Dissect an owl pellet. If you’re not up for the real thing, use the KidWings Virtual Owl Pellet Dissection.

Play birdsong bingo. Practice identifying bird sounds by playing a bingo style identification game with a birdsong CD. (We like Know Your Bird Sounds, Volume 1: Yard, Garden, and City Birds andKnow Your Bird Sounds, Volume 2: Birds of the Countryside.)

Audubon’s Birds of America Coloring Book, part of the excellent Dover coloring book series, lets your student birders put their observation skills to the test coloring in copies of Audubon’s bird illustrations.

 

This article was originally published in the spring 2015 issue of home/school/life.


Stuff We Like :: 7.10.15

home|school|life's Friday roundup of the best homeschool links, reads, tools, and other fun stuff has lots of ideas and resources.

around the web

This NPR story confirms something I have always suspected: The team with the most librarians usually wins.

The whole #distractinglysexy thing was hilarious, but sexist jokes are serious.

“I’m not behind on my emails, I’m ahead on my life.”

I feel kind of icky about the circumstances of the new Harper Lee novel, but this article about what life is like now in the Alabama town that inspired Maycomb was a fascinating read.

 

at home/school/life

on pinterest: Genius! Write the microwave-in-a-mug cooking directions right on your mug with a Sharpie.

on instagram: We’re kind of new to the whole Instagram thing, but apparently we need to eat more doughnuts? We are down with that! See you there?

on the blog: Our blog is hopping with book lists, columns, and all kinds of fun stuff to celebrate our site relaunch, but you do not want to miss Lisa’s great post on why curiosity is the most important thing to give your kids.

 

reading list

I finally got around to reading The Girl on the Train, but I didn’t love it the way other people seemed to. What am I missing?

We discovered the Enchanted Forest: An Inky Quest and Coloring Book in a museum gift shop, and it is just delightful. We had to buy a second copy because my daughter really didn’t want to share. (Fair enough!)

“But I’m a little burned out on the whole dystopian thing,” I said when Suzanne raved about The Girl with All the Gifts. I was wrong — apparently there will always be room in my heart for really interesting dystopian fiction.

We’re reading the first book in The League of Beastly Dreadfuls series as our morning readaloud and digging the Roald Dahl/Lemony Snicket-ness of it.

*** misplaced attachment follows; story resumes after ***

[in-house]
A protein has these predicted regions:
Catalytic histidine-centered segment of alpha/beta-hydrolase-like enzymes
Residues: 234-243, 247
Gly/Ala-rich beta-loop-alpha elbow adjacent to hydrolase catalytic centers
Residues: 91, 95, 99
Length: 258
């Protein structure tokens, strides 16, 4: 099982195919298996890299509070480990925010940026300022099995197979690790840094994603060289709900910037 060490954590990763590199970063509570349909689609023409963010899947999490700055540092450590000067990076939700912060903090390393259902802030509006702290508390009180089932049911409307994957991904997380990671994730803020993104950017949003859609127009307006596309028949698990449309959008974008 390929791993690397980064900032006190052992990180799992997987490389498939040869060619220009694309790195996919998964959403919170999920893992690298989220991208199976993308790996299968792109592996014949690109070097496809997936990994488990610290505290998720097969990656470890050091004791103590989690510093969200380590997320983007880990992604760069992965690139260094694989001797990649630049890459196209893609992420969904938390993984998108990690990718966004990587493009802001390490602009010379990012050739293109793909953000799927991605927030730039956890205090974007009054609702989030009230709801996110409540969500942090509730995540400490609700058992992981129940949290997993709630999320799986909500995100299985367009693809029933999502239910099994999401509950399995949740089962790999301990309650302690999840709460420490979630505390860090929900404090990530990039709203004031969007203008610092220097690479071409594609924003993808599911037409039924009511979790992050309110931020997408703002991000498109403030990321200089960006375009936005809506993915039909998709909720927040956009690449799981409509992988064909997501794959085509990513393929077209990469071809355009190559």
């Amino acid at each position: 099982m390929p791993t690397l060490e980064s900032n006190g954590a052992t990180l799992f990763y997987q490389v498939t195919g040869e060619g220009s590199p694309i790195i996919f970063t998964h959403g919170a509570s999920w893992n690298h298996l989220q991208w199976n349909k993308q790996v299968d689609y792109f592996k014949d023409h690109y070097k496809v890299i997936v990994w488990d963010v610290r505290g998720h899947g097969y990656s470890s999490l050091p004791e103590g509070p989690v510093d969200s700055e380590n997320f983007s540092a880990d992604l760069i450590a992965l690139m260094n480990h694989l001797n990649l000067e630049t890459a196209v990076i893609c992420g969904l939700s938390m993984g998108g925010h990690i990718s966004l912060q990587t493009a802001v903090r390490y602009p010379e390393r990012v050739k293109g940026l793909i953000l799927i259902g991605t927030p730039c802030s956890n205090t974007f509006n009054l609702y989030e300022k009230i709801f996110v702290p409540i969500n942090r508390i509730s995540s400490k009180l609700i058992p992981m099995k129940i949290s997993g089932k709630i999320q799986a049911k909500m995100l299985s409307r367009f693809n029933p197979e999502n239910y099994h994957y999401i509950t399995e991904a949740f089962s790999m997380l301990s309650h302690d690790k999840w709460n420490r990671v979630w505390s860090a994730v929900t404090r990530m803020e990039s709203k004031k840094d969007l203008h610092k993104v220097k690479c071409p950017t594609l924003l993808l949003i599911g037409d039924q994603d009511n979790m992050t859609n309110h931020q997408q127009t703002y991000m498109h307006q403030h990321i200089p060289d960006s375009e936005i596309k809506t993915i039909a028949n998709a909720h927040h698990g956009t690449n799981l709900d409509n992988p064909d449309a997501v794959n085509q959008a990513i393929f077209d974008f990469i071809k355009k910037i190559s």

I am afraid to hand my copy of Echo over to my daughter because I loved it so much, and what if she doesn’t? (But of course I will because this book is too good not to share.)

 

in the kitchen

I made a little batch of this blackberry-cabernet jam thinking that I might give it for holiday presents, but now I’m getting kind of my precious about keeping it all for myself.

This roasted carrot and avocado salad almost always ends up somewhere in our weekly summer meal rotation.

Easy cherry crostini is my kind of dessert, which is a good thing since I am apparently incapable of passing up cherries at the market. (I swear, I thought we were out! All three times!)

 

at home

I have had Winter is for Kierkegaard by Tyler Lyle playing on repeat for the last week. Even though it’s the opposite of winter here in Atlanta, and — obviously — autumn is for Kierkegaard.

I really want to knit Marigold, but it seems like an Advanced Expert pattern and I am just a Fairly Enthusiastic Amateur. Has anybody else had any success with it? I can’t crochet and I am so jealous of those gorgeous crochet flowers that people make, so I’m thinking this could be substitute.

There’s a Mo Willems exhibition at the art museum near us, and so it has been all Pigeon all the time here. (We are big fans.)

 

notable sales

Doctor, meet the Doctor: This Horton Sees a Who shirt is totally worth $12

Lots of good buys in Amazon’s monthly Kindle book deals, including The Evolution of Calpurnia Tate (a steal for $2.99) and Jacob Have I Loved (just $1.99), one of my YA faves by the great Katherine Paterson.

KnitPicks has its Chroma Worsted self-striping yarn on sale for 30% off. I’ve been wanting to make another Rayures, but I’m also tempted to try something like the Butterfly Beanie.